I do my morning exercise at the health club in our local Jewish Community Center. It’s a pretty low-brow establishment, in desperate need of upgrade and repair, but it suits me and the other middle-aged ladies just fine. And what’s best about it is the locker room. Not the physical locker room; more the social space which it creates. There all shapes and sizes of women (OK, they are mostly wrinkled and baggy) assemble in various stages of undress to share the latest news. I always tell my husband that I get all my information from the ladies at the JCC.
Who needs CNN when the lady 3 lockers down can tell me the real news about Melania Trump?
One of the hot topics of discussion in the locker is skin. Yes, skin, as in age spots and moles and melanoma and procedures and dermatologists.
I do not engage in this talk because it makes me slightly nauseous. In fact, most things having to do with bodily fluids and functions make me queasy. Let’s just say I could never be a nurse. Touching skin is not my forte.
When my mom was recovering from heart surgery a few years ago, she would plaintively plead, “Won’t you just rub some lotion on my legs?” which sent me rushing out in the hall to find the nearest Nursing Assistant on the floor.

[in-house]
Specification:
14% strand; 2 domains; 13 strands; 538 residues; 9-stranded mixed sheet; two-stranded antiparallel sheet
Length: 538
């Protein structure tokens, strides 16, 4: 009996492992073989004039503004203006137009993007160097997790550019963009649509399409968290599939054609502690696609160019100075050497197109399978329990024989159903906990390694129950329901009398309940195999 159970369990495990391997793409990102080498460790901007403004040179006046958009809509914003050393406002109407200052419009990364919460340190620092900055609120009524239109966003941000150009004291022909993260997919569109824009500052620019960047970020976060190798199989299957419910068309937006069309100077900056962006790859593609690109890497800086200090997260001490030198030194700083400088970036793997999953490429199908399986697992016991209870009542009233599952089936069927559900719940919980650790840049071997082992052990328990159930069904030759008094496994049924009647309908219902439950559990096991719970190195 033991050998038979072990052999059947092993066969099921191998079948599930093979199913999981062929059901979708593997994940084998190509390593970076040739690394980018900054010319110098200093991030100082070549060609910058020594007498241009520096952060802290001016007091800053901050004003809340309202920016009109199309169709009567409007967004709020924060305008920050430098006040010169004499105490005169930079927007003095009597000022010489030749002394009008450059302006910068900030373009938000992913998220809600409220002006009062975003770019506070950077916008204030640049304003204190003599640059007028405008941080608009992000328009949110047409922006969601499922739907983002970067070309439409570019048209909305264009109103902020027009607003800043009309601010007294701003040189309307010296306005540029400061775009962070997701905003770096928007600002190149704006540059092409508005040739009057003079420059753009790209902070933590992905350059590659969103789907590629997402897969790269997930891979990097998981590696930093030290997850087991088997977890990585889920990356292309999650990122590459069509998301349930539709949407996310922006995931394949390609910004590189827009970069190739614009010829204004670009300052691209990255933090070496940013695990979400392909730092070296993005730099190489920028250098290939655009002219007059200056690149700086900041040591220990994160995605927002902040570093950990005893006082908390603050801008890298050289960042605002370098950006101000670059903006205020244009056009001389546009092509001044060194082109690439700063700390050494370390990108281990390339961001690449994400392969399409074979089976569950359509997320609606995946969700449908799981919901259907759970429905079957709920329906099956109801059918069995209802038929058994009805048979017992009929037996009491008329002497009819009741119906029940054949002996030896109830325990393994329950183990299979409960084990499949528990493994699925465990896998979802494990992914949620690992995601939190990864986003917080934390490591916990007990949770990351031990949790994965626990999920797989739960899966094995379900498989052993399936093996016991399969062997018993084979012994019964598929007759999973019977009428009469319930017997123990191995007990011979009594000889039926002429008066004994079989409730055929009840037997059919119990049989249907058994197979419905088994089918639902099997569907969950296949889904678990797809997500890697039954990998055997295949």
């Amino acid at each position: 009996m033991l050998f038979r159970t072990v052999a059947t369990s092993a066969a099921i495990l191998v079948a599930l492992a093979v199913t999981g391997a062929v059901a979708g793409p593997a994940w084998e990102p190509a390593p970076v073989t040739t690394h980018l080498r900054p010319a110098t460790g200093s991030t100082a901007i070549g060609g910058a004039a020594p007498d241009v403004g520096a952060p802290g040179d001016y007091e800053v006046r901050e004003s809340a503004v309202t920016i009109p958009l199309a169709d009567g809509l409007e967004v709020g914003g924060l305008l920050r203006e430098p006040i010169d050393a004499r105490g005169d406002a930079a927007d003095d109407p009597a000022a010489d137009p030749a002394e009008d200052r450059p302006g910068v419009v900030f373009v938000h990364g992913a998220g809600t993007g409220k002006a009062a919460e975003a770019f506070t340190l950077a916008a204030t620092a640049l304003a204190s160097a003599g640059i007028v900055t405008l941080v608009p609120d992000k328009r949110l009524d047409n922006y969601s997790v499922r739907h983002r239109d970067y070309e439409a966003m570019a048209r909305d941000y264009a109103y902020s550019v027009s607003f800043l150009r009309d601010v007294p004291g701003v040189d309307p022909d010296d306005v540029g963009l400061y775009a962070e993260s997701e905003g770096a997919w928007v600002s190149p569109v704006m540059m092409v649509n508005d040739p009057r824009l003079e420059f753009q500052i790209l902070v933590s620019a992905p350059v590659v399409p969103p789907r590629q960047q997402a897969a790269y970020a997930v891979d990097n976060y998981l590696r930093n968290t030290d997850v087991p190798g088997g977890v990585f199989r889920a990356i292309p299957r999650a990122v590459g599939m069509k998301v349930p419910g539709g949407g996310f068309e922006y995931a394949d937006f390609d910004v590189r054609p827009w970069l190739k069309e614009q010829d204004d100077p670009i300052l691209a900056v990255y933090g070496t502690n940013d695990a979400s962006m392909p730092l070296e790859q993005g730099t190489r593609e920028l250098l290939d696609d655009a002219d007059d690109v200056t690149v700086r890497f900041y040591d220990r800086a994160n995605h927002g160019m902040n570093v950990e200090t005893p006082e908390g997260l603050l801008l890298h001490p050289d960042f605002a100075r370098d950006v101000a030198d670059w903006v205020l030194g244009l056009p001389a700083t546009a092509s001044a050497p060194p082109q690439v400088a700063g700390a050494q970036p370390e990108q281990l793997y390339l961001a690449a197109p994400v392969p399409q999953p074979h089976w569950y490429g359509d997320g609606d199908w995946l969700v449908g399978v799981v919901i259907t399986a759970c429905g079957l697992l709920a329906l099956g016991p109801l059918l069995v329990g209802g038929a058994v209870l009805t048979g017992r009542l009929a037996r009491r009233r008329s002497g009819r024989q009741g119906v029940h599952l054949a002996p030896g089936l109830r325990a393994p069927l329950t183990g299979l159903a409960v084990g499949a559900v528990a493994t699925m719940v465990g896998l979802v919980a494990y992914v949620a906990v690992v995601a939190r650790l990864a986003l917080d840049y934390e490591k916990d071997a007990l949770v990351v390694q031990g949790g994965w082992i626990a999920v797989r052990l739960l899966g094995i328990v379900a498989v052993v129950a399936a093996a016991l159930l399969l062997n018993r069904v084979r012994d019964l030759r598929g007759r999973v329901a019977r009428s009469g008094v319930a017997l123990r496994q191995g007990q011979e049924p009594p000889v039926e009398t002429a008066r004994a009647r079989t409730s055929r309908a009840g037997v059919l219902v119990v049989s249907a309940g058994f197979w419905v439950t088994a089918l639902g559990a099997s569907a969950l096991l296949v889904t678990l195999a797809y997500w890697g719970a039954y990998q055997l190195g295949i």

This week, one of the locker room ladies, Shirley, was talking about this new dermatologist and how he was just so nice. But then of course the topic veers into what gross thing Shirley had removed, and I am forced to pack up my towel and scram.
But it did get me to thinking that I haven’t been to a dermatologist in a very long time, and maybe I needed to join the ranks of the ladies who have their skin examined. I booked an appointment with the guy that Shirley loved.
This doctor was indeed a really nice person. What’s more, he actually seemed to enjoy his job, which I cannot fathom. He did the exam, and not to gross you readers out, but he did find a patch that he thought was suspicious, and should be biopsied.
I was sent home with a Band-Aid on my shoulder and various pamphlets about skin cancers.
My husband’s job was to change the Band-Aid daily, since I could not reach the spot myself. The first time, John declared, “Yah, he really took quite a divot.”
The second time was not much better, “It’s like he used a little melon baller.” We call that TMI: too much information. After that, I found a way to reach around to my shoulder on my own.
The biopsy came back, and my skin is healthy. The only thing I have to do is return next year for what will now be an annual “skin check”.
I’m glad I went to the dermatologist; it gives me a lot of reassurance that my skin is fine. And it certainly helps me join in on the conversation with the ladies in the locker room, even if it does veer into squeamish territory.